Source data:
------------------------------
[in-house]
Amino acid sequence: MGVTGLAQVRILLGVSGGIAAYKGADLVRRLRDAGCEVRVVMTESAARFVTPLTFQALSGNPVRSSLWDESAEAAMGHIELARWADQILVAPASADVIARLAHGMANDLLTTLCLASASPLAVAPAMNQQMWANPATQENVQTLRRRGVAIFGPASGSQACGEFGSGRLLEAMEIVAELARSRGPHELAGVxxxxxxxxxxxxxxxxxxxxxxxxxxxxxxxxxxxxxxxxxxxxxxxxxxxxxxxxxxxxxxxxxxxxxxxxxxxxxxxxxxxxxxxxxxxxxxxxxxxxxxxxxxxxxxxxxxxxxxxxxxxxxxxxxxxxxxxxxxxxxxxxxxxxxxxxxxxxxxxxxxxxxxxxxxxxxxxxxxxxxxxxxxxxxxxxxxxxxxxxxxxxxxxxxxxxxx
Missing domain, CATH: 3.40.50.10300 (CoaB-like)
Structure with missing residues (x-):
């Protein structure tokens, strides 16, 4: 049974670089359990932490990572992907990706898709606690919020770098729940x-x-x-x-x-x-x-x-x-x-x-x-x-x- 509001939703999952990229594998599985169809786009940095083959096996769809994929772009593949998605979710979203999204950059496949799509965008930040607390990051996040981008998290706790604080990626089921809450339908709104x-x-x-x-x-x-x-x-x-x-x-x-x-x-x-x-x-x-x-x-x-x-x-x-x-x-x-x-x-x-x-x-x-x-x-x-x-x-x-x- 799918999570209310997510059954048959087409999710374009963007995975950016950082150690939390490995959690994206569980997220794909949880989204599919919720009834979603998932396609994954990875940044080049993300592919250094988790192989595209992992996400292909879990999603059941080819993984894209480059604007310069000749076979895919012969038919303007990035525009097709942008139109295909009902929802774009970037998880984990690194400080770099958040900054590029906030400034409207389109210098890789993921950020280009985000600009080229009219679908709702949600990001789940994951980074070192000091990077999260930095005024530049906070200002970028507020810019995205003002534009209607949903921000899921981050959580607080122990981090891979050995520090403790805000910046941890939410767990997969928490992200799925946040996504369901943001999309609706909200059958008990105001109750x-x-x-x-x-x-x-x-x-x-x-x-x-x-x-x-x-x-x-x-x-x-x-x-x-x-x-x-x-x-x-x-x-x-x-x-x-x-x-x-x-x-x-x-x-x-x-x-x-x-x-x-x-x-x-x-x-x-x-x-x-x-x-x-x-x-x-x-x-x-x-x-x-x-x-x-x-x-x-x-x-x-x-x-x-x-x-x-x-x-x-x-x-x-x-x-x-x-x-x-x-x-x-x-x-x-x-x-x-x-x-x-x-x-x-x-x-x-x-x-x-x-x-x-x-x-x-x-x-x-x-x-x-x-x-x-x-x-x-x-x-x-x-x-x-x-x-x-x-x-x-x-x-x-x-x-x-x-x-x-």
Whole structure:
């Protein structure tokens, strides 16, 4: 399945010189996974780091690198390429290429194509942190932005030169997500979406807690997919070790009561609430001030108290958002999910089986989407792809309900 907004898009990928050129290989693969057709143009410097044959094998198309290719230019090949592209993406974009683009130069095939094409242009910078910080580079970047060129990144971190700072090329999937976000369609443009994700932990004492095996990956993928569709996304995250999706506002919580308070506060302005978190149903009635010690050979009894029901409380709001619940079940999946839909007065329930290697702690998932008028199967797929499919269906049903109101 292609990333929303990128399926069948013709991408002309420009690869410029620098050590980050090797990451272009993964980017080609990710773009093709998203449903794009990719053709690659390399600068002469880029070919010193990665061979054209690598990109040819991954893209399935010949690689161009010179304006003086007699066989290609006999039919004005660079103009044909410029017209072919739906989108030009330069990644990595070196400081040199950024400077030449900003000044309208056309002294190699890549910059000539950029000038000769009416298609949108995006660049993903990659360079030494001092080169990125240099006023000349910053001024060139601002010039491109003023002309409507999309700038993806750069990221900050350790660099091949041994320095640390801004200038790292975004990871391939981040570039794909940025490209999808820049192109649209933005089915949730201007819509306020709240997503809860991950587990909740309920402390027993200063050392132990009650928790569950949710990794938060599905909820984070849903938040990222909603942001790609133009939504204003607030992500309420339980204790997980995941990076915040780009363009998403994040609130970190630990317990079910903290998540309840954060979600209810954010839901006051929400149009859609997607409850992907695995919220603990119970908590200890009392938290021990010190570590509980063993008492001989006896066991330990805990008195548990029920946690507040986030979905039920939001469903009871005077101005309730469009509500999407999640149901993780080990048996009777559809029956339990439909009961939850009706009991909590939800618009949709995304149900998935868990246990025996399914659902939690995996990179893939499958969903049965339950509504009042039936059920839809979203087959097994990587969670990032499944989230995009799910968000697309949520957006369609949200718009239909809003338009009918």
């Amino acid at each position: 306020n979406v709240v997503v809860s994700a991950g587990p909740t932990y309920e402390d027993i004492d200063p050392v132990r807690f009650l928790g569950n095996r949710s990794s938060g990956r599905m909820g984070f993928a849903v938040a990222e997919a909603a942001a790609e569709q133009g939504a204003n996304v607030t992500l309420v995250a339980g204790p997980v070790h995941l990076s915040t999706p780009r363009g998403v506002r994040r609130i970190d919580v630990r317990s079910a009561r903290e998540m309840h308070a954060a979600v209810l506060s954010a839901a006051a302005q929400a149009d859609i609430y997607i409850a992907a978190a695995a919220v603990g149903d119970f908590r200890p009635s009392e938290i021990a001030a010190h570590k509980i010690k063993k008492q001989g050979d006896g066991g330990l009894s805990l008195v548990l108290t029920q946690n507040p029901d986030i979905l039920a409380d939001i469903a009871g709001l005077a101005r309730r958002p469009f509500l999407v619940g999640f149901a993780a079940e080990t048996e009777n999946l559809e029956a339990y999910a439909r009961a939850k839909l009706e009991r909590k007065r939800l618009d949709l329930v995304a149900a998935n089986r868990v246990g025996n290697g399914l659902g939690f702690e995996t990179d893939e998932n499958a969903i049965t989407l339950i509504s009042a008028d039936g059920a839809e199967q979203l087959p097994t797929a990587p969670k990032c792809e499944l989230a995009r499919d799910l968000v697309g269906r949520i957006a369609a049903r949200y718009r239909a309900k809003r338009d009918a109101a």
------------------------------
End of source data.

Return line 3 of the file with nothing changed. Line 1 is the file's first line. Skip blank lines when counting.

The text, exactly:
Missing domain, CATH: 3.40.50.10300 (CoaB-like)